On the approximate site of Hart's frontier cabin along River Road in Elbert County,[clarification needed] the Daughters of the American Revolution erected a replica cabin in the early 20th century. They used chimney stones recovered from the site of the original cabin, which had stood on the crest of a large hill overlooking Wahachee Creek.[1]

Georgians have memorialized Nancy Hart in several place names:


  1. ^ a b c d e f g h Ouzts, Clay. "Nancy Hart (ca. 1735–1830)"., New Georgia Encyclopedia. 28 August 2013. Web. 29 October 2013.
  2. ^ "Skeletons of Six Tories Hanged Near Elberton, Found," The Atlanta Constitution, 23 December 1912, p. 3.
  3. ^ "Skeletons of Tories Killed by Nancy Hart Unearthed Tuesday", Lavonia Times and Gauge, 3 January 1913.
  4. ^ Cook, Anna Maria Green. History of Baldwin County Georgia. Anderson, S.C.: Keys-Hearn Printing Co., 1925, pp. 165–166.
  5. ^ McIntosh, John H. The Official History of Elbert County, 1790–1935 (Supplement 1935–39 by Stephen Heard Chapter, Daughters of the American Revolution, organized 1901, Elberton, Georgia). Edited and published by Stephen Heard Chapter, Daughters of the American Revolution, 1940, p. 1,722.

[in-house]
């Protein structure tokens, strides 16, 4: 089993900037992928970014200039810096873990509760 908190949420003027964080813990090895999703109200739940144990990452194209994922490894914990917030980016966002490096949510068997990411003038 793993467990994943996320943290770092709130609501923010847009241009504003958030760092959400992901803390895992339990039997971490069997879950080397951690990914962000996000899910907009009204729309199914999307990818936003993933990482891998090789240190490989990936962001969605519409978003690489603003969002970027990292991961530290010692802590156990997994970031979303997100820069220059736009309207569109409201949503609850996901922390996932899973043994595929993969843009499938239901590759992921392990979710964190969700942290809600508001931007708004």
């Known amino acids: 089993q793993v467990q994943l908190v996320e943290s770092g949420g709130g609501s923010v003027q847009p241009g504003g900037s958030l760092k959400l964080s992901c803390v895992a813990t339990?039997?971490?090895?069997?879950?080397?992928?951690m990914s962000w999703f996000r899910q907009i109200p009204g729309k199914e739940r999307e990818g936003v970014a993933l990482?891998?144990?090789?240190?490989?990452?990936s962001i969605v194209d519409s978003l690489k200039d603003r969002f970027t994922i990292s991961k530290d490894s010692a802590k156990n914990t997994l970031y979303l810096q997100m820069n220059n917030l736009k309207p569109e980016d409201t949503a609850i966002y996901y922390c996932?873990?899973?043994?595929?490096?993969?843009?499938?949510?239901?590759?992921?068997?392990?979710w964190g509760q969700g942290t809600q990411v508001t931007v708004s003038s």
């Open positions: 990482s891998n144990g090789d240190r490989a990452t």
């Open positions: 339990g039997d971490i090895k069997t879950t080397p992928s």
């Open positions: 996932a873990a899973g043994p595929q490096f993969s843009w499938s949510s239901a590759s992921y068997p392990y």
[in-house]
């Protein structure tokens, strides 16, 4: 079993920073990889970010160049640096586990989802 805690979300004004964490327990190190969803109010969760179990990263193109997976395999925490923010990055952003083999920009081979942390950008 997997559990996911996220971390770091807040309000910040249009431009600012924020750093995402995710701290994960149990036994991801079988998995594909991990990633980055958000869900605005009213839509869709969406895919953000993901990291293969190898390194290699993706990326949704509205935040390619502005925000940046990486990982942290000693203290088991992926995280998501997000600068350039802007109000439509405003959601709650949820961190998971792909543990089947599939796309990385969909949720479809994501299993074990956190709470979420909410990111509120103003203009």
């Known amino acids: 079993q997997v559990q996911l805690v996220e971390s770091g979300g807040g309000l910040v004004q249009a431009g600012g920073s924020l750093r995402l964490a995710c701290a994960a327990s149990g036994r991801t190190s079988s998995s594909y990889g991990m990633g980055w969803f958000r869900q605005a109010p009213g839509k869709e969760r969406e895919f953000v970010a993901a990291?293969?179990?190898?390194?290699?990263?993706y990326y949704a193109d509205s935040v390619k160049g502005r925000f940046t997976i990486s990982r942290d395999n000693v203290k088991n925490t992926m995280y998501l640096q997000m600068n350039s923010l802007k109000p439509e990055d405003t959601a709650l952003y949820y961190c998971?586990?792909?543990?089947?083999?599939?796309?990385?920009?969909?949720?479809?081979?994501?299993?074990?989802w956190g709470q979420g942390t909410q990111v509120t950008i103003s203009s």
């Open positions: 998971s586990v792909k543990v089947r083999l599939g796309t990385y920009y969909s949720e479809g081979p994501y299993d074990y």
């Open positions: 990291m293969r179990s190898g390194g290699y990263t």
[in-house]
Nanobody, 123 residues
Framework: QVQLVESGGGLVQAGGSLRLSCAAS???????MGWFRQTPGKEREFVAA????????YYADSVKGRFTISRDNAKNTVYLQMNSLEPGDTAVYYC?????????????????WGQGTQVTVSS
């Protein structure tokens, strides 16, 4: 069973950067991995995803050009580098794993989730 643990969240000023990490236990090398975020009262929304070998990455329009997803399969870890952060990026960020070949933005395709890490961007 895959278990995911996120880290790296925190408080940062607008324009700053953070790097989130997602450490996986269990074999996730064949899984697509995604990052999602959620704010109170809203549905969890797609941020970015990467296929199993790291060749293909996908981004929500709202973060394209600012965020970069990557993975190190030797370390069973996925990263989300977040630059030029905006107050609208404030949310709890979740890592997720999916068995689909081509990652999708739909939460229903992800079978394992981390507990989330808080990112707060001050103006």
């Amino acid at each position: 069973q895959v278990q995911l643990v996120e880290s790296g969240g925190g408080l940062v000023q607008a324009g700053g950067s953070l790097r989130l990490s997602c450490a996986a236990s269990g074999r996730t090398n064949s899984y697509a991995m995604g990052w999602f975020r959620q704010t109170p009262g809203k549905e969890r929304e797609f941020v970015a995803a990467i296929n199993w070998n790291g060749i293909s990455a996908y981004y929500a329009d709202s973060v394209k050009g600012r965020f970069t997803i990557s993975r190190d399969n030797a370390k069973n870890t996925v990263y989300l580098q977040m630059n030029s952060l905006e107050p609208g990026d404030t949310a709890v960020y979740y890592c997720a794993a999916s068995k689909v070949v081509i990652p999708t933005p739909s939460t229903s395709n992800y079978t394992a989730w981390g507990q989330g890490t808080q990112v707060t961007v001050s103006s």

6. ^ a b Cook, op.cit., pp. 159–60
  7. ^ McIntosh, op. cit., p. 17
  8. ^ Macintosh, op.cit., pp. 21–22
  9. ^ Mooney, James. Myths of the Cherokee. New York: Dover Publications, Inc., 1995, a reproduction of Nineteenth Annual Report of the Bureau of American Ethnology to the Secretary of the Smithsonian Institution, 1897–98: in Two Parts—Part I. Washington, DC: Government Printing Office, 1900, p. 419.
  10. ^ Gilmer, George R. Sketches of Some of the First Settlers of Upper Georgia, of the Cherokees, and the Author. New York 1855, 1926, p. 90. (Reprinted 1965 by Genealogical Publishing Co., Baltimore, and 1989 by Heritage Papers, Danielsville, Georgia. Much of what Gilmer wrote is quoted with attribution to H. B. Mitchell in Cook, op.cit., pp. 160–162.)
  11. ^ Gannett, Henry (1905). The Origin of Certain Place Names in the United States. Govt. Print. Off. pp. 151.
  12. ^ Troup County Historical Society Archives Archived April 30, 2006, at the Wayback Machine
  13. ^ "Georgia Historical Marker for the "Nancy Harts"". Archived from the original on September 1, 2006. Retrieved March 31, 2006.
  14. ^ Appleby, Joyce (2002). Encyclopedia of Women in American History, Volume I. Sharpe Reference. p. 117. ISBN 0-7656-8038-6.
  15. ^ Army Corps of Engineers History of Hartwell Dam and Lake Hartwell Archived April 18, 2006, at the Wayback Machine
  16. ^ "Nancy Hart Highway". Archived from the original on October 27, 2009. Retrieved March 31, 2006.{{cite web}}: CS1 maint: bot: original URL status unknown (link)
  17. ^ Nancy Hart Chapter of the National Society of the Daughters of the American Revolution